Streaming WordPress Activity to Papertrail

Hopefully you’re already aware of the wondrous WordPress plugin, Stream, for tracking changes to your site. Stream has been through a number of iterations: v1.0 logged activity to your self-hosted WordPress site’s database, v2.0 logged activity to a cloud-hosted service, and now v3.0 logs to your self-hosted WordPress site’s database again.

Why is it a problem?

For me personally, logging to the WordPress database isn’t ideal for two main reasons:

  1. Keeping your audit trail inside the system you’re auditing doesn’t make sense. If your WordPress site is compromised, it would be more advantageous for activity to be logged elsewhere.
  2. If your WordPress site whitescreens, and you can’t get access to it, it would be useful to be able to access your Stream activity. Keeping it somewhere separate may help you troubleshoot what happened.

There are probably other reasons too, but these are the main ones.

Papertrail as a solution

I decided to create a plugin that would hook into Stream and also send logged activity elsewhere. I had a few criteria for this:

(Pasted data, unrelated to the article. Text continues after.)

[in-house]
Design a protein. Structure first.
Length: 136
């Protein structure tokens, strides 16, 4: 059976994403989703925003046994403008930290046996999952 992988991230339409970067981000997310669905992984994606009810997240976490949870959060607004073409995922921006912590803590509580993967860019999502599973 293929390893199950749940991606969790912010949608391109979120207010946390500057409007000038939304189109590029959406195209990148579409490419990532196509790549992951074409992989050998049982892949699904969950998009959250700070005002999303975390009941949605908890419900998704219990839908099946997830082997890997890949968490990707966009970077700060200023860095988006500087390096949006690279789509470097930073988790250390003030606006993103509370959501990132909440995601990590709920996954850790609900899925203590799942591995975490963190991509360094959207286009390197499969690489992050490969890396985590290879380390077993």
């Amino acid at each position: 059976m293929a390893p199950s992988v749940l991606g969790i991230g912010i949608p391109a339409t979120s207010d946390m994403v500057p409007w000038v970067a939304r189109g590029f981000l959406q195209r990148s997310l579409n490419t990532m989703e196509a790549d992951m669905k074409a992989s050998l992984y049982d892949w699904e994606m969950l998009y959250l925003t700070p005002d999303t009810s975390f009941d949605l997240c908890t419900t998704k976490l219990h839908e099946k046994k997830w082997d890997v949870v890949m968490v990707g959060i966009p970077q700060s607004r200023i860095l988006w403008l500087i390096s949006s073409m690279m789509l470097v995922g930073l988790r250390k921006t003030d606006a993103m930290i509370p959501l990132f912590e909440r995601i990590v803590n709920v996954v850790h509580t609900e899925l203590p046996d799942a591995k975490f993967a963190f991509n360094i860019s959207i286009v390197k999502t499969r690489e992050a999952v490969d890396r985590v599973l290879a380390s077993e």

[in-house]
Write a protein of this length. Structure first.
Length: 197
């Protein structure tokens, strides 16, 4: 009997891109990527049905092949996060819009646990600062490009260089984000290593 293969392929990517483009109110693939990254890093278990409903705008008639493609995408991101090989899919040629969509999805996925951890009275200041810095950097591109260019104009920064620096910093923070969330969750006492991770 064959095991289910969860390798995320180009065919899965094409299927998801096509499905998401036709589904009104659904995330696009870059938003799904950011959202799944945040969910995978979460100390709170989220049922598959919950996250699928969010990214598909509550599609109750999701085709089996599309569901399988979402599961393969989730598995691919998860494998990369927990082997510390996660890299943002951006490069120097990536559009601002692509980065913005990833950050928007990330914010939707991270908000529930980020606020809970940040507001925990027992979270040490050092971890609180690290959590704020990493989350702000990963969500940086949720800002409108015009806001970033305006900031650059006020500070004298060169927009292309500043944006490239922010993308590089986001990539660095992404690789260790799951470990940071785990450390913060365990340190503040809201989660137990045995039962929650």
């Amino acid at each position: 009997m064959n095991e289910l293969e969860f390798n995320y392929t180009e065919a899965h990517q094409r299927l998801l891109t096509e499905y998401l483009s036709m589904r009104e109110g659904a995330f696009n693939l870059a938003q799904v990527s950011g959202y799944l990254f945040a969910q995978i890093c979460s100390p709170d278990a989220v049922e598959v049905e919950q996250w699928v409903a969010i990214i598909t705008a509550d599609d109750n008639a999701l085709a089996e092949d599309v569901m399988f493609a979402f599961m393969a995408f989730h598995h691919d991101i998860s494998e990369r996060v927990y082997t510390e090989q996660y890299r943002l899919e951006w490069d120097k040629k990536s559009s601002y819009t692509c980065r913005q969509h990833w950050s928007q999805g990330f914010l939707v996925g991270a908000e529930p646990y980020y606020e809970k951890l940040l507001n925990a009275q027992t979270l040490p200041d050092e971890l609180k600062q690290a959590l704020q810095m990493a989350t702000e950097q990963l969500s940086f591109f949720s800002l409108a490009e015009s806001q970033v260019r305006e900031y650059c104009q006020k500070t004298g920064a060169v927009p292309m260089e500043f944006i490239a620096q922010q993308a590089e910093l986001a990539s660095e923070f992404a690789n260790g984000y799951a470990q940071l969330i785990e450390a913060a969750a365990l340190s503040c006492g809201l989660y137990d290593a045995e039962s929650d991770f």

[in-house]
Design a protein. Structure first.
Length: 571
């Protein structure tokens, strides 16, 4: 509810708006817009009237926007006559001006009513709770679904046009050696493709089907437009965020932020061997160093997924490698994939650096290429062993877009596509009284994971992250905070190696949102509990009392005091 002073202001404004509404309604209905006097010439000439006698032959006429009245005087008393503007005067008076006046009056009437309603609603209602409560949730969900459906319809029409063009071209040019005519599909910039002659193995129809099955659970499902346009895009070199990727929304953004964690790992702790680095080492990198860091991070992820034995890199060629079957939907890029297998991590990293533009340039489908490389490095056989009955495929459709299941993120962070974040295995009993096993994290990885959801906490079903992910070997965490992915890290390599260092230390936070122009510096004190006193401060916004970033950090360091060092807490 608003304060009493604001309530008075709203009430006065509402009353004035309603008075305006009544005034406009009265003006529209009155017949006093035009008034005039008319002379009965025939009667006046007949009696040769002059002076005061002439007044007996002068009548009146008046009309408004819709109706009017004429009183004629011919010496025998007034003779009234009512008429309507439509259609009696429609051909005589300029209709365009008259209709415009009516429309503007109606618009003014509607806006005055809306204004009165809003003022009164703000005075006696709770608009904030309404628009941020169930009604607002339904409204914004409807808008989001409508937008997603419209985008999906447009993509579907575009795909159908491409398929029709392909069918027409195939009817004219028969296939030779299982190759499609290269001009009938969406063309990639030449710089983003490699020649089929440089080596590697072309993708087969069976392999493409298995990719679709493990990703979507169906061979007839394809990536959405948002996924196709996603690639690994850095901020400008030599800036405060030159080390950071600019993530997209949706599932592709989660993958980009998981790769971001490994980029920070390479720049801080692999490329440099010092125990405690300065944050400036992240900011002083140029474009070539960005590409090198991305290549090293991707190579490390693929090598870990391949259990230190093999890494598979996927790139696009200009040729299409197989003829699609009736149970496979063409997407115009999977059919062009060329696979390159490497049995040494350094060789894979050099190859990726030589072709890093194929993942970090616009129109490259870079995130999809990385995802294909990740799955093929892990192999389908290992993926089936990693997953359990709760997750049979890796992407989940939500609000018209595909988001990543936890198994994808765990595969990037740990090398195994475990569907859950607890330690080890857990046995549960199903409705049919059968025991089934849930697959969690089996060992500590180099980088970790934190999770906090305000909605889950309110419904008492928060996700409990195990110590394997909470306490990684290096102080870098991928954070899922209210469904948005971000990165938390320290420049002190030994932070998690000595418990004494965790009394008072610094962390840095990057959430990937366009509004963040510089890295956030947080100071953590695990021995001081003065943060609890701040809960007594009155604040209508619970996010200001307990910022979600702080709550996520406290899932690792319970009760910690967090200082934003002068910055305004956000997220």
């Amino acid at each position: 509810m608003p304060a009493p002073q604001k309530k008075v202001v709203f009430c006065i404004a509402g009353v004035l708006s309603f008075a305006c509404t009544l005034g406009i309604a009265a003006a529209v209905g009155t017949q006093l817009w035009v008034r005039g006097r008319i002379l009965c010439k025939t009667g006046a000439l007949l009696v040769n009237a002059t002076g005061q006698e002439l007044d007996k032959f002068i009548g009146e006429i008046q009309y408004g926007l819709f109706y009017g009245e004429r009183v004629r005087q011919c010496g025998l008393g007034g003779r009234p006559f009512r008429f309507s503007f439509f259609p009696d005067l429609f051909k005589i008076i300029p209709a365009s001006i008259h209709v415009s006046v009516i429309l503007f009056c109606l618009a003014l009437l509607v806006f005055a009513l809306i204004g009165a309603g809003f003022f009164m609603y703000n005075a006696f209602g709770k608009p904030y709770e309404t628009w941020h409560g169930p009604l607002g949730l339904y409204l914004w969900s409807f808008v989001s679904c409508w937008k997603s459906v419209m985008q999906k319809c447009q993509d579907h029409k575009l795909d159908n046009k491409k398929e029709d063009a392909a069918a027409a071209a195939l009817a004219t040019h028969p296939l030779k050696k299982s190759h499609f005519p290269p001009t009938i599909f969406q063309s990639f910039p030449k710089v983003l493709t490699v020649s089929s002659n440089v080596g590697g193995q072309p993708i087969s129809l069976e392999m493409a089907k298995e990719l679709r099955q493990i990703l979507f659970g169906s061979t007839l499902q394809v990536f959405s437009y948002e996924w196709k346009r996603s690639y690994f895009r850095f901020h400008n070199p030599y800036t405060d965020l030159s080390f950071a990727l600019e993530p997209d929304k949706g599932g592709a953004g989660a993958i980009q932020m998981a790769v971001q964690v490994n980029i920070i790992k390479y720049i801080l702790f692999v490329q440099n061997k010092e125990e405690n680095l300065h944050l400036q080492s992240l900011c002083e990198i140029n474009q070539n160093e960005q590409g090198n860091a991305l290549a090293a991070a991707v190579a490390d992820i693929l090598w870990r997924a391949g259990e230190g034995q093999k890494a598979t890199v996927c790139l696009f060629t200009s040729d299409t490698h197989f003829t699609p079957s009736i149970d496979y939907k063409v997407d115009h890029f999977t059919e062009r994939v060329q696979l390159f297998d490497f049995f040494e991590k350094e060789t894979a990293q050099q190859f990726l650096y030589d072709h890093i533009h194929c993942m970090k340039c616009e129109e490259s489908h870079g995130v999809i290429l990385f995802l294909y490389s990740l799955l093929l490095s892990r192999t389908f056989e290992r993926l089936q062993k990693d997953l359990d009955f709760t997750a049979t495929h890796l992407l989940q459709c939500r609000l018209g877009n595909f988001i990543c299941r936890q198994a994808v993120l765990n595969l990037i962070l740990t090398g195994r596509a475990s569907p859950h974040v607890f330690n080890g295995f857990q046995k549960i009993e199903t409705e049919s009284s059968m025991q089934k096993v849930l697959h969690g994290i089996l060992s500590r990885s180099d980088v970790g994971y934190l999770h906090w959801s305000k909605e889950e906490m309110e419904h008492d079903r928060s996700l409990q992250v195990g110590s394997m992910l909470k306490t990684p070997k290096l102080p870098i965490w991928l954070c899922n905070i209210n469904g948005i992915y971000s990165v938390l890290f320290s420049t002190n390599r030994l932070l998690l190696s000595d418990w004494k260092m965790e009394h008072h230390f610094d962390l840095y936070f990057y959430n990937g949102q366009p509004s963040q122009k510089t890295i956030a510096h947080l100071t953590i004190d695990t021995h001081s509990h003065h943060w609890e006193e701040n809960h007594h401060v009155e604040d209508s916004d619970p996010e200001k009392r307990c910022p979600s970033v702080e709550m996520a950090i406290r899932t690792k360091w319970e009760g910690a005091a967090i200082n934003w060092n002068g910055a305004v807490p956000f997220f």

1. Cloud-hosted
  2. Searchable
  3. Long-term storage

This would also have a the effect of allowing me to disable the “Keep Records Indefinitely” option on Stream, and keep all that extra data out of my WordPress database.

I looked at a number of hosted logging services. Loggly and Papertrail came out on top as my preferences. Both are built to handle high volumes of logging traffic, and handle archiving to Amazon S3 for you.

For my personal site I can live with 7 days of searchable history, so Papertrail’s plans worked better for me than Loggly’s in this case.

So I developed Stream to Papertrail.

How I set it up

On my personal site, I have installed Stream and Stream to Papertrail. I’ve also set Papertrail to archive to a bucket on Amazon S3 (which it does nightly).

Stream to Papertrail - Screenshot 1

The logs are JSON, so I’ve turned on the colourisation option to make tailing them in Papertrail a little easier on the eyes. Keep in mind though that this does add ANSII escape code data into your logs, which means you need to be a aware of that when searching.

Stream to Papertrail - Screenshot 2

Hopefully you find this useful! Especially if you already use Papertrail for logging on your web servers, you can now include WordPress activity in those logs!

If you have any other suggestions for how I could improve this setup, I’d love to hear them. Please feel free to leave a comment here, or @Japh on Twitter.

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